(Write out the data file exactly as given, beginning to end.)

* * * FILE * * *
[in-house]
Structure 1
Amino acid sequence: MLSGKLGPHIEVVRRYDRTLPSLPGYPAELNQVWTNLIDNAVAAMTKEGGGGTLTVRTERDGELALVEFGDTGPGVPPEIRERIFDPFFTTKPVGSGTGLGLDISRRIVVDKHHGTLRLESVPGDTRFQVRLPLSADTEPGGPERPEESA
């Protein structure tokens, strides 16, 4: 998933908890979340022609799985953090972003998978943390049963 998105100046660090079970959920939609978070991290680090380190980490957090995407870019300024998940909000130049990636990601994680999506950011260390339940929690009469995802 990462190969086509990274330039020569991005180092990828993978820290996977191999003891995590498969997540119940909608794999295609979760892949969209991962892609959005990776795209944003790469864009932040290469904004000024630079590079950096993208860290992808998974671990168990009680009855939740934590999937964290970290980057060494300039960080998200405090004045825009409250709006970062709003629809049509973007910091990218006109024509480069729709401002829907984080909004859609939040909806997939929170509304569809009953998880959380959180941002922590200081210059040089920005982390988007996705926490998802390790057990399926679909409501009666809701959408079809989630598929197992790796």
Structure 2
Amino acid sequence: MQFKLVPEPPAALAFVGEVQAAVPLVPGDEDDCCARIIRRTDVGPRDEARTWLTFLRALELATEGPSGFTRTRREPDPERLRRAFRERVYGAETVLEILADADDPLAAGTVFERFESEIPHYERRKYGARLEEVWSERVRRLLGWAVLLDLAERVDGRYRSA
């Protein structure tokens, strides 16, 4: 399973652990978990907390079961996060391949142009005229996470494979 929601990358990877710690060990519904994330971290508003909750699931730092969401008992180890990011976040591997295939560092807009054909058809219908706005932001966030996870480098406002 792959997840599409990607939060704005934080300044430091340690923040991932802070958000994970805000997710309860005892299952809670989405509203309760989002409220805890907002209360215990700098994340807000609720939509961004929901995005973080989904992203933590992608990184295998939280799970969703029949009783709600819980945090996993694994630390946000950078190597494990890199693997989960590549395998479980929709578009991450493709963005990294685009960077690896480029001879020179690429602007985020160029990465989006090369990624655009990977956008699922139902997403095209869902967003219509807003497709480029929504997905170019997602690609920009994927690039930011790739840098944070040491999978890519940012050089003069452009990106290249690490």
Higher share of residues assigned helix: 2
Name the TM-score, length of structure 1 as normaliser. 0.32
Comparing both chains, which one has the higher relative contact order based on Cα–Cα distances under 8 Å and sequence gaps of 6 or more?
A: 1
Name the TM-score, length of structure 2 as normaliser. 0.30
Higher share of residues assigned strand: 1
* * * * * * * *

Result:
[in-house]
Structure 1
Amino acid sequence: MLSGKLGPHIEVVRRYDRTLPSLPGYPAELNQVWTNLIDNAVAAMTKEGGGGTLTVRTERDGELALVEFGDTGPGVPPEIRERIFDPFFTTKPVGSGTGLGLDISRRIVVDKHHGTLRLESVPGDTRFQVRLPLSADTEPGGPERPEESA
């Protein structure tokens, strides 16, 4: 998933908890979340022609799985953090972003998978943390049963 998105100046660090079970959920939609978070991290680090380190980490957090995407870019300024998940909000130049990636990601994680999506950011260390339940929690009469995802 990462190969086509990274330039020569991005180092990828993978820290996977191999003891995590498969997540119940909608794999295609979760892949969209991962892609959005990776795209944003790469864009932040290469904004000024630079590079950096993208860290992808998974671990168990009680009855939740934590999937964290970290980057060494300039960080998200405090004045825009409250709006970062709003629809049509973007910091990218006109024509480069729709401002829907984080909004859609939040909806997939929170509304569809009953998880959380959180941002922590200081210059040089920005982390988007996705926490998802390790057990399926679909409501009666809701959408079809989630598929197992790796």
Structure 2
Amino acid sequence: MQFKLVPEPPAALAFVGEVQAAVPLVPGDEDDCCARIIRRTDVGPRDEARTWLTFLRALELATEGPSGFTRTRREPDPERLRRAFRERVYGAETVLEILADADDPLAAGTVFERFESEIPHYERRKYGARLEEVWSERVRRLLGWAVLLDLAERVDGRYRSA
């Protein structure tokens, strides 16, 4: 399973652990978990907390079961996060391949142009005229996470494979 929601990358990877710690060990519904994330971290508003909750699931730092969401008992180890990011976040591997295939560092807009054909058809219908706005932001966030996870480098406002 792959997840599409990607939060704005934080300044430091340690923040991932802070958000994970805000997710309860005892299952809670989405509203309760989002409220805890907002209360215990700098994340807000609720939509961004929901995005973080989904992203933590992608990184295998939280799970969703029949009783709600819980945090996993694994630390946000950078190597494990890199693997989960590549395998479980929709578009991450493709963005990294685009960077690896480029001879020179690429602007985020160029990465989006090369990624655009990977956008699922139902997403095209869902967003219509807003497709480029929504997905170019997602690609920009994927690039930011790739840098944070040491999978890519940012050089003069452009990106290249690490």
Higher share of residues assigned helix: 2
Name the TM-score, length of structure 1 as normaliser. 0.32
Comparing both chains, which one has the higher relative contact order based on Cα–Cα distances under 8 Å and sequence gaps of 6 or more?
A: 1
Name the TM-score, length of structure 2 as normaliser. 0.30
Higher share of residues assigned strand: 1